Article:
Flavour origin: Ancient Egypt....?
Hummus is one of the most popular Middle Eastern appetizers in the world. But do you know who was the first to make it?
It is a traditional dish in countries such as Lebanon, Palestine, Greece, Syria, and Turkey, each of which claims to be its true cradle. What should be clear is that he is not Greek. It is very difficult to find out the real origin of a thousand-year-old recipe that also has numerous variants, but if we stick to written sources, it seems that the first mention appears in an Egyptian recipe book from the 13th century and its preparation was very different from the current one, served in small portions on a piece of bread.
From the Lebanese to the Turks to the Syrians they have tried to claim authorship, but there is not much evidence to support either theory.
Most of the ingredients have been around for centuries: Chickpea dates back more than 10,000 years in Turkey and, according to Anissa Helou, a Syrian-Lebanese writer of several Middle Eastern cookbooks, "it is one of the earliest cultivated legumes." Tahini, essential for making b’tahini hummus, is mentioned in Arab cookbooks from the 13th century. But the combination of ingredients that make up the popular dish is more difficult to pin down.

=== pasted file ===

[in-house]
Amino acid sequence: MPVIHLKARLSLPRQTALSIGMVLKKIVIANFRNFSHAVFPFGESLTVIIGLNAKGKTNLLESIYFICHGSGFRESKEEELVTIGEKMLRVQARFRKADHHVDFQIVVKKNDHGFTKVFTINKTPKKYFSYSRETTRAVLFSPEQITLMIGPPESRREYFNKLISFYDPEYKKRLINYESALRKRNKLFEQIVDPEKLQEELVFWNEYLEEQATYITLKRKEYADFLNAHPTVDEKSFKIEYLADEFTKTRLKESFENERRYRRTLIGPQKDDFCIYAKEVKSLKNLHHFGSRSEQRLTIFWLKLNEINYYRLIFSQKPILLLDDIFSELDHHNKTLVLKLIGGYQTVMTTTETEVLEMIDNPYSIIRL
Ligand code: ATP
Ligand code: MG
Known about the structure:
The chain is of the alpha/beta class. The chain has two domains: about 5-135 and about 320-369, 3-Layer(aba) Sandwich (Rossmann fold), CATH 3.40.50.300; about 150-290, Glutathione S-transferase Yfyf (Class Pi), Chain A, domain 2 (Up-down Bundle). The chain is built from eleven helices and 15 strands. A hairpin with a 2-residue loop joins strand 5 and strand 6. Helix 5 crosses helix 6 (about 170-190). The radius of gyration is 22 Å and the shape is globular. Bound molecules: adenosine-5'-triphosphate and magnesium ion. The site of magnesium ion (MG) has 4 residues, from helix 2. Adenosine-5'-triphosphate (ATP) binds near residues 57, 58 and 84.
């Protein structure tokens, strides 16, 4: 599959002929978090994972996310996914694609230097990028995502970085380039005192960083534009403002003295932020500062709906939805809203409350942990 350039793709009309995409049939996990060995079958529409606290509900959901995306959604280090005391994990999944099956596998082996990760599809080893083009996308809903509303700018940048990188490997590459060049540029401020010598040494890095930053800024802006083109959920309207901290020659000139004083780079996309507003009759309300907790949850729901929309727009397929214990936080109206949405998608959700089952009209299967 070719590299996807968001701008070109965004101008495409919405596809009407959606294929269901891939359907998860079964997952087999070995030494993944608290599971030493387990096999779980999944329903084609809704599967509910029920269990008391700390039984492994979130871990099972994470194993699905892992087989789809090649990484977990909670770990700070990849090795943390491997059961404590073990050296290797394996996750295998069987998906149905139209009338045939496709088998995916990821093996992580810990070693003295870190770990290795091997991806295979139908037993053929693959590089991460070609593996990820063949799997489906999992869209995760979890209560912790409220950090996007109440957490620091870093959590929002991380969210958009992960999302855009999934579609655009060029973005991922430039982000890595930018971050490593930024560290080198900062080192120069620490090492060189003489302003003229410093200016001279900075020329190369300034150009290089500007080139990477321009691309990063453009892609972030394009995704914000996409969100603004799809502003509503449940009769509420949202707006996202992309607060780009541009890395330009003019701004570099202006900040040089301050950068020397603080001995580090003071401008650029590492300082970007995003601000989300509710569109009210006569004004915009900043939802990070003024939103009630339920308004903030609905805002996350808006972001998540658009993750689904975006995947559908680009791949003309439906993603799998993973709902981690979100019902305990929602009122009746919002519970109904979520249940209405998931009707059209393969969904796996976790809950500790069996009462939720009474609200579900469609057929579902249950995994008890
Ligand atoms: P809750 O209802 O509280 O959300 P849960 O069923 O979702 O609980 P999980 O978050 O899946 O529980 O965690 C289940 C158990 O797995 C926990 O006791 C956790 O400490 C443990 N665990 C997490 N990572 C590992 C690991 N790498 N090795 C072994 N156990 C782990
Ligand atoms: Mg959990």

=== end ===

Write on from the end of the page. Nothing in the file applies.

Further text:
"The oldest recipe I've seen for hummus that includes tahini comes from an Egyptian cookbook," said historian Ari Ariel, who teaches history and international studies at the University of Iowa. The 13th century Cairo cookbooks describe a dish made from pureed cold chickpeas, vinegar, lemon, herbs and spices. Many claim that it is the hummus we enjoy today, but a fundamental ingredient is missing. Is it fair to consider those hummus b’tahini recipes if there is no tahini or garlic?
Hummus has conquered the world with its simplicity and flavor. Perhaps the discussion about its origin will never disappear, just as it will not disappear from our tables either.